evil seems triumphant and supreme; the Good Old Cause, the very cause of God Himself, seems vanquished; when lo! a mighty man is raised up, a baleful power is stricken down; a terrible chastisement is inflicted; a great deliverance is wrought; we are uplifted into solemn sympathy with the Divine Avenger; we rejoice in a glorious manifestation of the Divine Deliverer; we are gladdened by a sweet visit of the Divine Consoler.
No portion of history more fully gives occasion for these mingled and manifold experiences than the story of the popedom. As Milton divinely says, 'I do not know of anything more worthy to take up the whole passion of pity on the one side and joy on the other than first to consider the foul and sudden corruption, and then after many a tedious age the long deferred but much more wonderful and happy reformation of the Church in these latter days.' The transformation of pure and primitive Christianity into medieval Popery, the metamorphose of that kingdom of Heaven brought in by the Son of God into the papal monarchy of Innocent III. is indeed a terrible and woful wonder. Yet amidst this signal corruption of Divine Truth and manifestation of human evil we may discern the restraining and chastising hand of God; nor would we keep our eyes shut to such service as He may have exacted from the papal power during those gross and dark ages wherein it arose and wherewith it had some harmony. Fullness of delight and wonder breaks upon us beneath the blissful brightness of the Reformation, amidst the marvels and glories of Divine Renewal; and now in these latter days we are called to rejoice with a solemn and trembling joy in the sublime work of Divine Retribution.
The more closely we consider the Roman Church, the more surely we feel ourselves in the presence of one who has been divinely delineated and divinely doomed, who has an evil prominence and a painful portion in the oracles of God; the more clearly we discern her identity with the Great Whore of the Apocalypse and recognise in the utterly fallen woman the utterly fallen and corrupt Church. In every accompaniment of that grim and gaudy portent who must not discover some peculiarity of Rome ? What ecclesiastical body except the Roman Church possesses the imperial pomp, the princely hierarchy, the gorgeous ritual and the gaudy vesture which may match the purple and the scarlet, the gold, the pearls and the precious stones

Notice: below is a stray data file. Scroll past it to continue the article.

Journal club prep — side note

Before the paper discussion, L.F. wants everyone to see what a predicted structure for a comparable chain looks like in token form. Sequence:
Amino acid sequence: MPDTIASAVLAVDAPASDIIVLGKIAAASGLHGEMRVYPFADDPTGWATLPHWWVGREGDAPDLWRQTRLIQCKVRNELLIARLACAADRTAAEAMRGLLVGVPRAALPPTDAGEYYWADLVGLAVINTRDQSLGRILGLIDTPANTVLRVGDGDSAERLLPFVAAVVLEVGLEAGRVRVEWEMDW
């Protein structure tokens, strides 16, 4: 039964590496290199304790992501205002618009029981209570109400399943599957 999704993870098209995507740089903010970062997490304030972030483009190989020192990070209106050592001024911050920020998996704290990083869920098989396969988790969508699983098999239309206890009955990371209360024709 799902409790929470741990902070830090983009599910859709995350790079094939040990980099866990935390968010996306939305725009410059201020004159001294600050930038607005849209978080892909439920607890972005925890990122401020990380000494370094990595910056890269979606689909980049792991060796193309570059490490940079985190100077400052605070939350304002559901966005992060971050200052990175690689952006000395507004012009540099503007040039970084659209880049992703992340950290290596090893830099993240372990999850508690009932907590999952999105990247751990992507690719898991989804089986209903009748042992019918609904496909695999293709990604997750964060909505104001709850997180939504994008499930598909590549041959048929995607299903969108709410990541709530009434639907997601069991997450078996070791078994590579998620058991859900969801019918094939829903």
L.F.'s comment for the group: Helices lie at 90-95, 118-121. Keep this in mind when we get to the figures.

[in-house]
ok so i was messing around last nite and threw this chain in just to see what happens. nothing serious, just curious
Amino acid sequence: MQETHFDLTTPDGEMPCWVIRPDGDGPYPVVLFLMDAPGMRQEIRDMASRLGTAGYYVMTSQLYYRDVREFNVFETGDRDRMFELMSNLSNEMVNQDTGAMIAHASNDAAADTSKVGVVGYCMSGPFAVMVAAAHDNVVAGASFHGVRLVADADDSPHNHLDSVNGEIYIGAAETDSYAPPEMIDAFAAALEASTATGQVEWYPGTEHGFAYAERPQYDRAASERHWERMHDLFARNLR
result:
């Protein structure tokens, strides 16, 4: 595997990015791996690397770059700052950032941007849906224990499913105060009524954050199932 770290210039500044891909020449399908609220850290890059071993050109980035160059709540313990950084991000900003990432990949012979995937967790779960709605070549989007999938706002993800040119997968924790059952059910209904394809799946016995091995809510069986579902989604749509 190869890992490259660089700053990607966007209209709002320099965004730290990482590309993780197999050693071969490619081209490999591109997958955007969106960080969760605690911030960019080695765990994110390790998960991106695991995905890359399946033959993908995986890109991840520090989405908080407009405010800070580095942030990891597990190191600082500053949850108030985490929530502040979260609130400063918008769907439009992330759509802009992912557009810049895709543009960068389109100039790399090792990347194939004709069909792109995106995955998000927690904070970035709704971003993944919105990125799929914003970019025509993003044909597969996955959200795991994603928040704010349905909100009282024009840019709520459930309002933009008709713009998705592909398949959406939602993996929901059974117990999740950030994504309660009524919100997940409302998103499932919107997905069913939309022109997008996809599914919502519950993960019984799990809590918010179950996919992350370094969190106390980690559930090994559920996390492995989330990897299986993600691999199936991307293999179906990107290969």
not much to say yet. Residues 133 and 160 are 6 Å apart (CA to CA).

1 Apocalypse, c. 17.
worn by the woman? In whose hands is the golden cup full
2 Faery Queen, book i. passim. In c. 8, st. 29, Spenser identifies Duessa with the Apocalyptic woman. Milton at the end of Reformation in England brings in the foes of England consulting her sorceries. Matthew Paris calls the Roman court 'meretrix vulgaris et effrons' (p. 742). Dante, when among the papal tenants of hell, exclaims:
'You pastors the Evangelist had in mind
Inferno, xix. 106-8.
Petrarch, a daily observer of the papal court at Avignon, flung at it every feature and accompaniment of the Apocalyptic woman and branded it as the proper and exclusive original of the fearful portrait: That very woman in sooth thou art whom the holy Evangelist saw in the Spirit; that same woman I say thou art and not another. Recognise thy dress. Dost thou not know thyself, Babylon?' and he goes on to draw out the likeness (Illa equidem ipsa, es quam in spiritu vidit sacer Evangelista. Illa eadem inquam es, non alia. Recognosce habitum.
Noscisne teipsam, Babylon ?') (Opera, ed. 1554, p. 807).